Closing seminar of World Wide Women and Kyynelkanavat projects
Friday, 10 November 2023, 3pm – 6 pm, Helsinki Collegium, Common Room, Fabianinkatu 24A, 3rd floor
This event brings researchers and artists into conversation about producing knowledge together. Through live music and discussions, panelists will demonstrate the different modes of collaboration and offer insights from their experiences. They will discuss openly about their new discoveries, and the exciting as well as challenging moments of their work. They will address questions such as: how team members define their individual roles and agree on ways of working together towards the shared goal of the project? How do the academic and artistic sides of the project complement or differ from each other, what is the balance between them and what issues of power there might be? What have we learned from each other? Can the collaborations within our projects be used as models for future projects combining art and research?
This event presents two projects that include researcher-musical artist collaboration as a core element of knowledge production:
World Wide Women – Female Musicians Crossing Borders and Building Futures project(University of Helsinki) studies and supports women musicians in their own communities and in the globally connected music world.
Kyynelkanavat – Laments in Contemporary Finlandproject (University of Eastern Finland) approaches the lamenting tradition and its role in modern Finnish society through the perspectives of body, experience, religion, communality, emotions and affect.
Ying-Hsien Chen will defend her doctoral dissertation entitled “Plucking the Forest Sound: the Transculturation of the Finnish Kantele in Japan” in the Faculty of Arts, University of Helsinki, on 28 August 2023 at 12.
The public examination will take place in the festive hall of the Language Centre, Festive Hall, address: Fabianinkatu 26. Check the University of Helsinki’s website for more details and the streaming link for following the examination online.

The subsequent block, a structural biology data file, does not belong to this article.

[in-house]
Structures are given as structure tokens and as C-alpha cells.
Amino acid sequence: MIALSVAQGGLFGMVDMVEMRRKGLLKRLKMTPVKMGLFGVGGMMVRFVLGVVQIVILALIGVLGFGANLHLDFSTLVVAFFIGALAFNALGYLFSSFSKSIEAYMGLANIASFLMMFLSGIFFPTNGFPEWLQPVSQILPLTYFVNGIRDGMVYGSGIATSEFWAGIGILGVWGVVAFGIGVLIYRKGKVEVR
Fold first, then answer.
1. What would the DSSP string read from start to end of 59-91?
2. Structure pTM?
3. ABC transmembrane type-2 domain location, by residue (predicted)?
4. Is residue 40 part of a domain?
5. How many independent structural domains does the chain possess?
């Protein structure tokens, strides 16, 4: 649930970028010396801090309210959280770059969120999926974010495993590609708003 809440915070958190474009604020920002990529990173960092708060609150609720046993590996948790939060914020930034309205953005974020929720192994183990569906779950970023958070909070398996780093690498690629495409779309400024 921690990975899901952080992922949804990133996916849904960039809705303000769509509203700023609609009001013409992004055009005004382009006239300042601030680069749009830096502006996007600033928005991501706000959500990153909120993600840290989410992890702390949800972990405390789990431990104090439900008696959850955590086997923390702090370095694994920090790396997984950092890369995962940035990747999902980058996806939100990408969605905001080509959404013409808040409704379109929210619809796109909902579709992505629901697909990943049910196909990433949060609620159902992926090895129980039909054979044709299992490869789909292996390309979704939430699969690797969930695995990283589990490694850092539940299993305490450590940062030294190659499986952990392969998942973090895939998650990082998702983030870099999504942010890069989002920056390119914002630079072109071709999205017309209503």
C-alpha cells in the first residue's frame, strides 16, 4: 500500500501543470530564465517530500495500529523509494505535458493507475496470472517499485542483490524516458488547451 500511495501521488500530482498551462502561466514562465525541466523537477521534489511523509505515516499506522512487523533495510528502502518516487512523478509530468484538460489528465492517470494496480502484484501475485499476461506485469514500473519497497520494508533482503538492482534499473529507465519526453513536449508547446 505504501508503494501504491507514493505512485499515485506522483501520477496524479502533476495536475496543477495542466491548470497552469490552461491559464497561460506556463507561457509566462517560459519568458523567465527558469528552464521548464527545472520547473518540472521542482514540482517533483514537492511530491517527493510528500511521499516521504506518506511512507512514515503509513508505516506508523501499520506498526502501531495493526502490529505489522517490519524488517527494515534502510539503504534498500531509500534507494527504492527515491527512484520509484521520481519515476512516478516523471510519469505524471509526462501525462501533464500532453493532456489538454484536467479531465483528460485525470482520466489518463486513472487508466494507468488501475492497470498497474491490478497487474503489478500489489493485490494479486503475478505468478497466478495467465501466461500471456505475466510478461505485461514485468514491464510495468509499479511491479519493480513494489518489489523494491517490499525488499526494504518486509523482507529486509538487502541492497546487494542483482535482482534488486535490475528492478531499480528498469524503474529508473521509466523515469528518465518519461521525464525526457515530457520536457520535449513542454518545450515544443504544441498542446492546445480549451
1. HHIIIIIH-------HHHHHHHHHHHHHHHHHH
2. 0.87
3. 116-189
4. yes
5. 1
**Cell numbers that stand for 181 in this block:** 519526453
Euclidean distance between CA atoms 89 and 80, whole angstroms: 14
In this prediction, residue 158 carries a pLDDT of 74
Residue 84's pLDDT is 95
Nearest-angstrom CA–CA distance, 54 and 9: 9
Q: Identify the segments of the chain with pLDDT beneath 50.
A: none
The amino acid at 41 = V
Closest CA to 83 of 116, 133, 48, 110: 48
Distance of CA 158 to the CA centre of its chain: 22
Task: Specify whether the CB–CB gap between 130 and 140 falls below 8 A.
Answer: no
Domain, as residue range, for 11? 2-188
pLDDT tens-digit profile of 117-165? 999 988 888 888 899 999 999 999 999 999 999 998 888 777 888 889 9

Siboné Oroza will defend her doctoral dissertation entitled “‘When I’m on Stage, I Rule’ – Cholita Futurism in Cochabamba, Bolivia” in the Faculty of Arts, University of Helsinki, on Friday, 28 April 28th 2023 at 1 p.m. The public examination will take place in the main building of the University of Helsinki, lecture room U3032, address Unioninkatu 34. You can also follow the examination online. Check the University of Helsinki’s website for all details and streaming link.
The documentary film (more info here) based on Siboné Oroza’s fieldwork materials will be screened the day before, Thursday, April 27th at 4 p.m., at the Festive Hall of the University of Helsinki’s Language Centre (Fabianinkatu 26, 3rd floor). The screening is organized by the Finnish Society for Ethnomusicology in collaboration with the discipline of Musicology at the University of Helsinki and it is free and open to anyone interested.
We are happy to welcome everyone to our symposium with the theme Women – Music – Futures that will take place at the University of Helsinki (Helsinki, Finland) on March 9th and 10th 2023, with a pre-symposium concert on March 8th, International Women’s Day, at Caisa Cultural Centre.